Dr. Abdul Qadeer Khan, widely regarded as the “Father of Pakistan’s Nuclear Program,” passed away at the age of 85 in Pakistan.
As reported by the state-run PTV news channel, the Pakistani atomic scientist, who is celebrated as a national hero for establishing his country as the world’s first Islamic nuclear power but demonized by the West for smuggling nuclear technology to non-aligned countries, has been transferred to a hospital with lung problems.
In August, Khan was admitted to the same hospital as the patient who had contracted the coronavirus, and had remained in the facility ever since.
He was transported back to the hospital after his condition deteriorated after being allowed to return home some weeks earlier.
Sheikh Rashid Ahmad, Pakistan’s Interior Minister, announced on Twitter that an “urgent meeting” had been held “to finalize plans for the funeral service.”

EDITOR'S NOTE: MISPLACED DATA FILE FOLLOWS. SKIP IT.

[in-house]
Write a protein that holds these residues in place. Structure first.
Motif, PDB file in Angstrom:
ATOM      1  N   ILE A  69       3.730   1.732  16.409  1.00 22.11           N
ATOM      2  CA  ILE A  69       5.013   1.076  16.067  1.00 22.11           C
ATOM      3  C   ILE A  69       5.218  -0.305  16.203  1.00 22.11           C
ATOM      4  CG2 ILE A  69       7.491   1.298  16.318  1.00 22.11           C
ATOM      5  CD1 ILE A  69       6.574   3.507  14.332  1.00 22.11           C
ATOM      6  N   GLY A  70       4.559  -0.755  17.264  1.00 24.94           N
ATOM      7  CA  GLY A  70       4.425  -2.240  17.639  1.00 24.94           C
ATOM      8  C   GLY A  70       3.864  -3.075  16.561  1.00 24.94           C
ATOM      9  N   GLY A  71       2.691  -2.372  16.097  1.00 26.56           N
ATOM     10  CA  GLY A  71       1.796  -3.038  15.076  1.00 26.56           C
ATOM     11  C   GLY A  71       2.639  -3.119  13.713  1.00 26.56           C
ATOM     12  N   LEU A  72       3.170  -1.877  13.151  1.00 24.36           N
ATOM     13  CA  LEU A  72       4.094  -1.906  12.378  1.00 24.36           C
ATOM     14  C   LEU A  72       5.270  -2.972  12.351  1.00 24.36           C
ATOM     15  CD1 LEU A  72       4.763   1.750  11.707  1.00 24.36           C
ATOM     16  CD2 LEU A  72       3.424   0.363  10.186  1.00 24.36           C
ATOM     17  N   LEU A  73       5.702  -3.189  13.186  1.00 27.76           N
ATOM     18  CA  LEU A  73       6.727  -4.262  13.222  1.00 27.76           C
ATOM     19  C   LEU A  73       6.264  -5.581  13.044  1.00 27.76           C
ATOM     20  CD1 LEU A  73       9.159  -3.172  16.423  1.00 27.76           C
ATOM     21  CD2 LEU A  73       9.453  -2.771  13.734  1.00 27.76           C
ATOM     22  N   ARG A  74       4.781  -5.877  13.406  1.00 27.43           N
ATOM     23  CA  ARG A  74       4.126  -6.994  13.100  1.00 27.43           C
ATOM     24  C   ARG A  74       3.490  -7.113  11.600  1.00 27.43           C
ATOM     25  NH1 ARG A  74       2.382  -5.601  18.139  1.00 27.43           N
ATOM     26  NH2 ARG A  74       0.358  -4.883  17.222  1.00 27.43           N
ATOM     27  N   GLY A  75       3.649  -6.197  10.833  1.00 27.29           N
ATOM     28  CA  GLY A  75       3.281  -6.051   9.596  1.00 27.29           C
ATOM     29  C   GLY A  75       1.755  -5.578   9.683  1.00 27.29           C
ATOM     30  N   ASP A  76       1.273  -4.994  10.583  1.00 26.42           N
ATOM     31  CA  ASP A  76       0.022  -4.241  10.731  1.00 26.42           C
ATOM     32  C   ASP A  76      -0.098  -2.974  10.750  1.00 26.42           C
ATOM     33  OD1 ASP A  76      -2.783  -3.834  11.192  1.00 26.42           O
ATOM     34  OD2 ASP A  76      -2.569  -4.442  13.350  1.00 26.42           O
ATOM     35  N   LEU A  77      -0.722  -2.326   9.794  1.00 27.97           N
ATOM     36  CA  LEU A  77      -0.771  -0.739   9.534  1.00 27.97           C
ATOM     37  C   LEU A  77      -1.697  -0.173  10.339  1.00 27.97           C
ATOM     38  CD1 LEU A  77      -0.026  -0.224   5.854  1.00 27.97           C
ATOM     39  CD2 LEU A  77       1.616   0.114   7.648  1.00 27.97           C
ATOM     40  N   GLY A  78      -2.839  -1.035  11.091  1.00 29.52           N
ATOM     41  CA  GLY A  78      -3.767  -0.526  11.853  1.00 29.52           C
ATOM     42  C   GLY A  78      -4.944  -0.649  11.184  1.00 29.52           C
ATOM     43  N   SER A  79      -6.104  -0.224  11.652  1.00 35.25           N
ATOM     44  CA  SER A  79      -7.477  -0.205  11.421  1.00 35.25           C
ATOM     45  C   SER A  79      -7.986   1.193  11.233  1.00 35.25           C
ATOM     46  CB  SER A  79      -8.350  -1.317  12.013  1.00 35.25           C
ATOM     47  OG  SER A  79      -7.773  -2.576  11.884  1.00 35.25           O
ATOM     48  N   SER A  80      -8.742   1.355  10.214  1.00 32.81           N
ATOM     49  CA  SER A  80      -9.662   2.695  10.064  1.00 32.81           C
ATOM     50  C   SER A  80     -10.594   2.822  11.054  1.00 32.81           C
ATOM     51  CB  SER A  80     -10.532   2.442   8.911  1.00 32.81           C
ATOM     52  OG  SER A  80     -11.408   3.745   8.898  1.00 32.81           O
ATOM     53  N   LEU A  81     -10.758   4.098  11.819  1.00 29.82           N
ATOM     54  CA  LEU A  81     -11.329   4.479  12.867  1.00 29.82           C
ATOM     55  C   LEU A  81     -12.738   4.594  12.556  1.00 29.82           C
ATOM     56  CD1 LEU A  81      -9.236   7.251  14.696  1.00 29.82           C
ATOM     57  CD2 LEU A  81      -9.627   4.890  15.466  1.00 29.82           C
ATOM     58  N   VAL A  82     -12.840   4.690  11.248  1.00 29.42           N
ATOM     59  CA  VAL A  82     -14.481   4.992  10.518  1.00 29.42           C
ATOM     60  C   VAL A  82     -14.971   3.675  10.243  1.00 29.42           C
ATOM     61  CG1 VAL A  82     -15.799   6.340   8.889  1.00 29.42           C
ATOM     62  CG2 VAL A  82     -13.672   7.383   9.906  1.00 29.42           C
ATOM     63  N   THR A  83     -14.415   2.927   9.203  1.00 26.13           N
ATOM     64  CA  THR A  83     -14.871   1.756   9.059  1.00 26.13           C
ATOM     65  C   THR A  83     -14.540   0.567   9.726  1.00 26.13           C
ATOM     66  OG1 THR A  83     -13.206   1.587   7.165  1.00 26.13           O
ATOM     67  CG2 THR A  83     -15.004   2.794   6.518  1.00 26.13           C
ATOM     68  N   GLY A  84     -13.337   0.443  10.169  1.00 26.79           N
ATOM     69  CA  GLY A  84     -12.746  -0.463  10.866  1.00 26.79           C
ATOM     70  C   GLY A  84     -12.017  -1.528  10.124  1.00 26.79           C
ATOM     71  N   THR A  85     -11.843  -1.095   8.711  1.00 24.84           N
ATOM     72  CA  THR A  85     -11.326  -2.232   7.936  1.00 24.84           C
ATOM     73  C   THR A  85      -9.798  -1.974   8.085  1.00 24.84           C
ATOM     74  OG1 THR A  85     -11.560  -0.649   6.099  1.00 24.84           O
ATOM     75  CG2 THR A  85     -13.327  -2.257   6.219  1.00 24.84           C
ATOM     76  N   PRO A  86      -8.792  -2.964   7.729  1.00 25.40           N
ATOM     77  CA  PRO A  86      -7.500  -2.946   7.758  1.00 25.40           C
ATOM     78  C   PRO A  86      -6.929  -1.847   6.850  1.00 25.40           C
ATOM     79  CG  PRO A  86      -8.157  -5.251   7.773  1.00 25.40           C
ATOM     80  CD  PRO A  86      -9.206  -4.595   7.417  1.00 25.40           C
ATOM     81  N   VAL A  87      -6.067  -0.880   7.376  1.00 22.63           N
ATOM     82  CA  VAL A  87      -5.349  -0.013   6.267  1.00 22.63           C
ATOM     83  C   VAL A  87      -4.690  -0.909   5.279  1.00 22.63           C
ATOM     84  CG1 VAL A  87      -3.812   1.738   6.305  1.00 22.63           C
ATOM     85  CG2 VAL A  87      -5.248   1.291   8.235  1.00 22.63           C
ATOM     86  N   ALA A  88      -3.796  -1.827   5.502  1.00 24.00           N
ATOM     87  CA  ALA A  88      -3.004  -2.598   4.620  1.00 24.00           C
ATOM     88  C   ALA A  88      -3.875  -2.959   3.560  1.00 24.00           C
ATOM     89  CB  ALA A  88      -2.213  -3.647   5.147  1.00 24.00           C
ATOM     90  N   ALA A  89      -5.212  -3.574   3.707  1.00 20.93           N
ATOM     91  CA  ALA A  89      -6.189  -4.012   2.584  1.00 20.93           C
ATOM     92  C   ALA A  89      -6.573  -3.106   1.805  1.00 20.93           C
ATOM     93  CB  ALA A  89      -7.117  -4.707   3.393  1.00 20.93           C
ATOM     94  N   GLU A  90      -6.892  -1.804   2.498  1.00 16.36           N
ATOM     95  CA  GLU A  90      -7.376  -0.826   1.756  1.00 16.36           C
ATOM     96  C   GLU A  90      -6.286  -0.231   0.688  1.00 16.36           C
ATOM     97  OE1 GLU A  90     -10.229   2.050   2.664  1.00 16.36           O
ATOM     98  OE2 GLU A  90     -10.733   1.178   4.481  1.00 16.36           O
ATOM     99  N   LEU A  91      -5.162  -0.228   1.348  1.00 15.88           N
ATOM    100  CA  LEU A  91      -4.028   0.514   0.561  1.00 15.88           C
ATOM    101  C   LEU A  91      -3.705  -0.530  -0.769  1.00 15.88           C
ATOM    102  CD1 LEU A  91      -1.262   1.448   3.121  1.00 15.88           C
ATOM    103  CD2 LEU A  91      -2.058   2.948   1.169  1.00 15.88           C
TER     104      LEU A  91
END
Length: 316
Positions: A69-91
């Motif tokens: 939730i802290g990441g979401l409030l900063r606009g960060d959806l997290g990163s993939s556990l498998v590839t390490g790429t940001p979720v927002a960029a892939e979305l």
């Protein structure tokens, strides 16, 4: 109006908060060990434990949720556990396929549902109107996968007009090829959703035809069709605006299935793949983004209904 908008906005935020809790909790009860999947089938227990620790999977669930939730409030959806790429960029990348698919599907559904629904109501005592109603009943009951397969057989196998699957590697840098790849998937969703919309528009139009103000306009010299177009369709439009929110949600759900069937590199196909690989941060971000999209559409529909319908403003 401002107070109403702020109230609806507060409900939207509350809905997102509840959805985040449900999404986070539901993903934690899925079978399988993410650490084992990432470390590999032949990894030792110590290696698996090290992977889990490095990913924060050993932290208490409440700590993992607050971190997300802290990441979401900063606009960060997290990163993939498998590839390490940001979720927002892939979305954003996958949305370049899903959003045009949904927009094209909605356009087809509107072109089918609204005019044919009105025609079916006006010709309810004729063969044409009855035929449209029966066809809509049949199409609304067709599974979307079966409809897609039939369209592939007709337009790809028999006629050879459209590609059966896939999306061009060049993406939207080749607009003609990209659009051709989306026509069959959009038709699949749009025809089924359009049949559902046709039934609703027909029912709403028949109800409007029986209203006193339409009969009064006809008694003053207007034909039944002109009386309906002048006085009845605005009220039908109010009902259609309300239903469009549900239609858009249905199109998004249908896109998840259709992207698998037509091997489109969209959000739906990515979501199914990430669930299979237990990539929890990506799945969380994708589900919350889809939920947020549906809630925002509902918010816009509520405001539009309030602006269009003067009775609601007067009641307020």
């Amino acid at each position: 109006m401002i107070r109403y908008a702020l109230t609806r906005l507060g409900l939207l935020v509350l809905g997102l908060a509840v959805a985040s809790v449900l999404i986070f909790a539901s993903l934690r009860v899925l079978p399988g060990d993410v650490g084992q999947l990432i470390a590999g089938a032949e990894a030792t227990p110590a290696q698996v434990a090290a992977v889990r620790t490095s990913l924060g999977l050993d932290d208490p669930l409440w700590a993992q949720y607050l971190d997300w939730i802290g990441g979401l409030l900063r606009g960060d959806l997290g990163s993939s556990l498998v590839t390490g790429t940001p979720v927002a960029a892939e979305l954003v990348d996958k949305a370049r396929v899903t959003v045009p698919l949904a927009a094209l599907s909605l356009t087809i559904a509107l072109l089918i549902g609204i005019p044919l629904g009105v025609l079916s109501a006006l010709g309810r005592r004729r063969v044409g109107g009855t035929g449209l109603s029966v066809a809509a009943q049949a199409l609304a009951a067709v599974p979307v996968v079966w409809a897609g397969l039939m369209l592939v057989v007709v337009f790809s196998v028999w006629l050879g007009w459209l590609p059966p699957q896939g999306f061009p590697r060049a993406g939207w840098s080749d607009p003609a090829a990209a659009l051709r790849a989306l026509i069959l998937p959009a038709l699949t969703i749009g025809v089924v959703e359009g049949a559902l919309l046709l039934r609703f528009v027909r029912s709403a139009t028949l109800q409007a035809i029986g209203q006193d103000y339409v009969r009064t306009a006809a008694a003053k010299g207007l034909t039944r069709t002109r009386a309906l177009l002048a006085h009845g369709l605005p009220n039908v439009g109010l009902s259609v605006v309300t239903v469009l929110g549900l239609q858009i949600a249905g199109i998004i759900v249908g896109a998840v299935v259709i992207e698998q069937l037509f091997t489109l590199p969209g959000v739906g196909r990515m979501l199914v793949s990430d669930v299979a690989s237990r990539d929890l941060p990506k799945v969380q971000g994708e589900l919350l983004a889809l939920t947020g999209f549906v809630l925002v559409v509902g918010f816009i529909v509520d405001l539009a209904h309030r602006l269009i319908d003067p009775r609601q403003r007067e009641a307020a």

Dr Abdul Qadeer Khan, whom Pakistani President Arif Alvi had known personally since 1982, passed away on Sunday. Alvi expressed his sadness, saying he was “very grieved” to learn of his death.
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Khan was praised for bringing Pakistan’s nuclear capabilities on line with those of its archrival India and for making the country’s defences “impregnable.”
However, when he was accused of illegally transferring nuclear technology with Iran, Libya, and North Korea, he found himself in the sights of the international community.
Khan was pardoned by then-President Pervez Musharraf after making a confession on national television, but he was forced to live under house arrest at his luxurious Islamabad mansion for several years.
Khan was diagnosed with prostate cancer in 2006, but he was able to recover following surgery.
In February 2009, a court ordered Khan’s release from house detention, but his movements were closely monitored, and he was escorted by police whenever he left his home in Islamabad.
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